The weather was perfect today. The temperatures were in the low 80’s with very low humidity. This happens maybe two days a year in Wisconsin. We are usually either calculating windchill or trying to breathe in hundred degree temps with a thousand percent humidity. Weather like we had today is rare and we make sure we enjoy it.
I did not enjoy it.
I woke up this morning to discover that if anyone in my family wanted to wear clean clothes, they would have to wear their snowsuits. The ones we wear when calculating sub-zero windchills. It was laundry day and there was no way I could procrastinate even one day longer unless, of course, we moved to Antarctica where our snowsuits would be far more weather appropriate. After debating this for a while I decided that packing up everything we own, including all the dirty laundry, and moving to the South Pole just to put off doing laundry for one more day would be more of a pain than just washing the clothes. This meant a trip to the laundromat.
Now I can hear what you are thinking. You are thinking “Dear, with a family your size, you could pay for your very own washer and dryer in roughly two trips to the laundromat.” You are correct and as a matter of fact I do happen to have a nice washer and dryer. However, we have completely filled our septic system. If this isn’t bad enough, it is even worse when I tell you that we have an entire septic system devoted to our washing machine.
If you (like me) know nothing about septic systems, let me explain what they are. When you live in the country you do not have a sewer system. Instead you have a septic system. A septic system is an enormous cavernous space under the greenest place in your yard where everything that is flushed or drained from your house goes. Once all of this gross stuff gets to the septic system it is filtered by a complex system of sand, gravel, and magical poop eating fairies. Then the remaining purified water ends up someplace else. I’m imagining probably my neighbor’s faucet. Now I am trying not to imagine that because I know who lives uphill from me. Typically your septic system is designed so that with regular use, it will need to be emptied out (I’m guessing this is not a job most six year olds like awake at night dreaming about) every five years or so.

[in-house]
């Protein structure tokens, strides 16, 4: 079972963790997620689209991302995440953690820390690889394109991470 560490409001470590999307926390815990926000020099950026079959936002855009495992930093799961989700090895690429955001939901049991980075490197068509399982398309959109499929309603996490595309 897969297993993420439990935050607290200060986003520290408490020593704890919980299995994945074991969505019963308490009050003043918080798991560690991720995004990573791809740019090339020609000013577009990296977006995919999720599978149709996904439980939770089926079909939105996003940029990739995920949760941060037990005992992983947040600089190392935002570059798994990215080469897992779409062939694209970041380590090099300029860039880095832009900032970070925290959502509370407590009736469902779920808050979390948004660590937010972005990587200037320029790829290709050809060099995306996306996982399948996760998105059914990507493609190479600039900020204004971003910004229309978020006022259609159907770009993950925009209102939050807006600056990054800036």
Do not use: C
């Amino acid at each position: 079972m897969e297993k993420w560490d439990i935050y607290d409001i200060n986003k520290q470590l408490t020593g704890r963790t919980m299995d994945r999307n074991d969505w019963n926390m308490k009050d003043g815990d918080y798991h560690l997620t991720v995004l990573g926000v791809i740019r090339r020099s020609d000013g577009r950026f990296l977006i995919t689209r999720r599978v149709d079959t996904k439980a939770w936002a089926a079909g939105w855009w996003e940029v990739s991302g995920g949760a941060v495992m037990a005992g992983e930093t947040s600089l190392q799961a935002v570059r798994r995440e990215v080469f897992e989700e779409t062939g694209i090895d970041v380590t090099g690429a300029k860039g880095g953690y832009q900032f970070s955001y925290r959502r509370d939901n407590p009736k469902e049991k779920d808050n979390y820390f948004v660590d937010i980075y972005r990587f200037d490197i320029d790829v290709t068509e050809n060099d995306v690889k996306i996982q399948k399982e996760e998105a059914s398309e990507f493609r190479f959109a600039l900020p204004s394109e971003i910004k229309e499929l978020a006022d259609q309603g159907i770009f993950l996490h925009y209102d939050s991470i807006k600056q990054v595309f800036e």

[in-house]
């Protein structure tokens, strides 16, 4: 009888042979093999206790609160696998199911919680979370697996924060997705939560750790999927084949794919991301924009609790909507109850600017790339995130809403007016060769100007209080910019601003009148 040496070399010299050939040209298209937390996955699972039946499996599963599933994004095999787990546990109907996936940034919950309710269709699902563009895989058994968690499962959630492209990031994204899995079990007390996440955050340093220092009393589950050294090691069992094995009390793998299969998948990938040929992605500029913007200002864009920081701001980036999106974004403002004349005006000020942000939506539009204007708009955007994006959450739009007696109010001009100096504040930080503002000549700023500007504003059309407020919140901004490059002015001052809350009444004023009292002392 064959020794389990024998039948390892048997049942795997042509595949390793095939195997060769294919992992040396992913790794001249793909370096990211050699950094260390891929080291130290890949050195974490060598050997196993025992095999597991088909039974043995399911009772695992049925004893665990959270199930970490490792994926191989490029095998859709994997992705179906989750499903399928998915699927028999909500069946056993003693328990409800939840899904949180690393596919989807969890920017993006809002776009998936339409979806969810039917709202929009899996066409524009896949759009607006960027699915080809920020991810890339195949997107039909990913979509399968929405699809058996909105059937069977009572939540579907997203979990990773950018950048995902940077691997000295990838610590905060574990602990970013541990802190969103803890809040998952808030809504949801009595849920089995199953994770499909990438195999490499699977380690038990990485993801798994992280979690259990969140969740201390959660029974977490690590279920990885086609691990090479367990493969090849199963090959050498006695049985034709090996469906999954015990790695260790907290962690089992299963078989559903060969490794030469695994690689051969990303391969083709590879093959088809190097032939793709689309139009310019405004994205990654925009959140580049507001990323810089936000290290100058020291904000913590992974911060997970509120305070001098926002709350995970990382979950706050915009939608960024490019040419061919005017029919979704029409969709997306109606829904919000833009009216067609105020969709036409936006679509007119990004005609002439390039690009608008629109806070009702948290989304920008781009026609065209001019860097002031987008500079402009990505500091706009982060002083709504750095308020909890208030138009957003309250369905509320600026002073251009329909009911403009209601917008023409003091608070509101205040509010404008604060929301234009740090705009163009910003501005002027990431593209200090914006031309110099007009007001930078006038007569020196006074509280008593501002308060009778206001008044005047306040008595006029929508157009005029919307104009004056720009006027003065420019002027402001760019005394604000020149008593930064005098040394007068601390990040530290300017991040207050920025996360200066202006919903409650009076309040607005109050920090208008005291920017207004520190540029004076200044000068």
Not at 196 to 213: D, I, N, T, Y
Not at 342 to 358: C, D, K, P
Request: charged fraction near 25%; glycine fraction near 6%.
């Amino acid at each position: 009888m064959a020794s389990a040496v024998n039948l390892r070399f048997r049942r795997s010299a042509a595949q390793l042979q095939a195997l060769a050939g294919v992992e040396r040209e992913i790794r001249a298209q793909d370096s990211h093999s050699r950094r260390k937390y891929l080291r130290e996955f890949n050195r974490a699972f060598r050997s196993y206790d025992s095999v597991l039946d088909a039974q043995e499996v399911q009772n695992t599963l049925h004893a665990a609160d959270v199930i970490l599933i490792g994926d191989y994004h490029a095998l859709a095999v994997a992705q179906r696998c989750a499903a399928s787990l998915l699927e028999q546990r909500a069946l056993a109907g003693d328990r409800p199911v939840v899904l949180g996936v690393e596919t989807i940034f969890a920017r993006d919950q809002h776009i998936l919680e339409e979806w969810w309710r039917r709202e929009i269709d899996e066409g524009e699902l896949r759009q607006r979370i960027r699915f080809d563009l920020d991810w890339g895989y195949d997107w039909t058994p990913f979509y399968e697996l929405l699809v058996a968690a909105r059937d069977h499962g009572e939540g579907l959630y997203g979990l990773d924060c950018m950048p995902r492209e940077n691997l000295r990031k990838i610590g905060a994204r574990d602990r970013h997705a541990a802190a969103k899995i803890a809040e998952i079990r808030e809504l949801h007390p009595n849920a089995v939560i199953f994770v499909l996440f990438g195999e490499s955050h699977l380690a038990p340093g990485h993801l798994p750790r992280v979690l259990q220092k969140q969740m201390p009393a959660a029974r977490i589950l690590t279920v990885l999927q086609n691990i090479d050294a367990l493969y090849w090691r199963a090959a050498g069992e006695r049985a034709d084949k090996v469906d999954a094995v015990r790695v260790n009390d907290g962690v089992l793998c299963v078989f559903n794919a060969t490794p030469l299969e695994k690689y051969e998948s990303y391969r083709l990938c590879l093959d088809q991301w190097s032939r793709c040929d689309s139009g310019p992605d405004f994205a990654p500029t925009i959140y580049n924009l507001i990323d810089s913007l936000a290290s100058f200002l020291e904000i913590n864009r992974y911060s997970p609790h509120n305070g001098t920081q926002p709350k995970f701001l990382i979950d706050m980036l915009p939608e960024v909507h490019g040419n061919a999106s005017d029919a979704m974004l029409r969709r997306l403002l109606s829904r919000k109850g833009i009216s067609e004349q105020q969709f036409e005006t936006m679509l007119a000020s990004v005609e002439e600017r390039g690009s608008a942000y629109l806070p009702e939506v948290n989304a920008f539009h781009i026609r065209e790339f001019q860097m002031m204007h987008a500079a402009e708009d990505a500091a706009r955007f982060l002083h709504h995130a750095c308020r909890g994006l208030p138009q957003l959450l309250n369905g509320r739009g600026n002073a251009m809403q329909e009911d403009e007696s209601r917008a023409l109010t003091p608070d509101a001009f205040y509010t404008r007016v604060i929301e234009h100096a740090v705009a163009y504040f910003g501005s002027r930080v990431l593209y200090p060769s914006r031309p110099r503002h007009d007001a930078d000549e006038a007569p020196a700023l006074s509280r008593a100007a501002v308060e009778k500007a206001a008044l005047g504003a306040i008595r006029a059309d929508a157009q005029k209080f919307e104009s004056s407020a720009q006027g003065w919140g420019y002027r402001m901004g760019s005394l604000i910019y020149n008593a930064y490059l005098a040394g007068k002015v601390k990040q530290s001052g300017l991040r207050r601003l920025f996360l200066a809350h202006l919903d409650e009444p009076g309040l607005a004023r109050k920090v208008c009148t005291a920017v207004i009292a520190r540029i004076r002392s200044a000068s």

We are blessed with two septic systems. One handles the laundry water and the other handles everything else. Theoretically, our laundry water should have very little waste in it. Theoretically, our laundry septic system should never need to be emptied out. Theoretically, I should never have to go to the laundromat. However, the reality is that when you do five or more loads of laundry a day, you probably qualify for your own water treatment facility.
This means I go to the laundromat, where I spend forty dollars to clean my five year old son’s collection of 82 t-shirts, my 7 year old daughter’s 103 pairs of pajamas, and the piles and piles of other things that accumulate on the floor of the bathroom when I can’t use my washer and dryer. It’s so much laundry I can hardly believe it. I mean, one week people! How may pairs of jeans could you possibly wear in one week? Then I get down to business.
Step one: I decide that we have way too much clothing and decide to donate 90% of it to the nearest thrift store. The pioneers managed to survive with only two outfits, I’m sure my family could do the same.
Step two: Realize that donating all this dirty clothing would make me an evil and disgusting human being. People would probably start calling me Kathy Hitler behind my back. Or to my face. My friends are honest like that.
Step three: Actually wash, dry and fold all those items that the thrift store is going to be so happy to receive.
Step four: Realize that I don’t want to return to the laundromat daily to wash my family’s pioneer clothing. After all, every item I just washed lets me procrastinate returning to the laundromat that much longer.
Step five: Drag all this crap home, sit on the couch and wish it would put itself away. It doesn’t. Hey, maybe I should write a blog instead.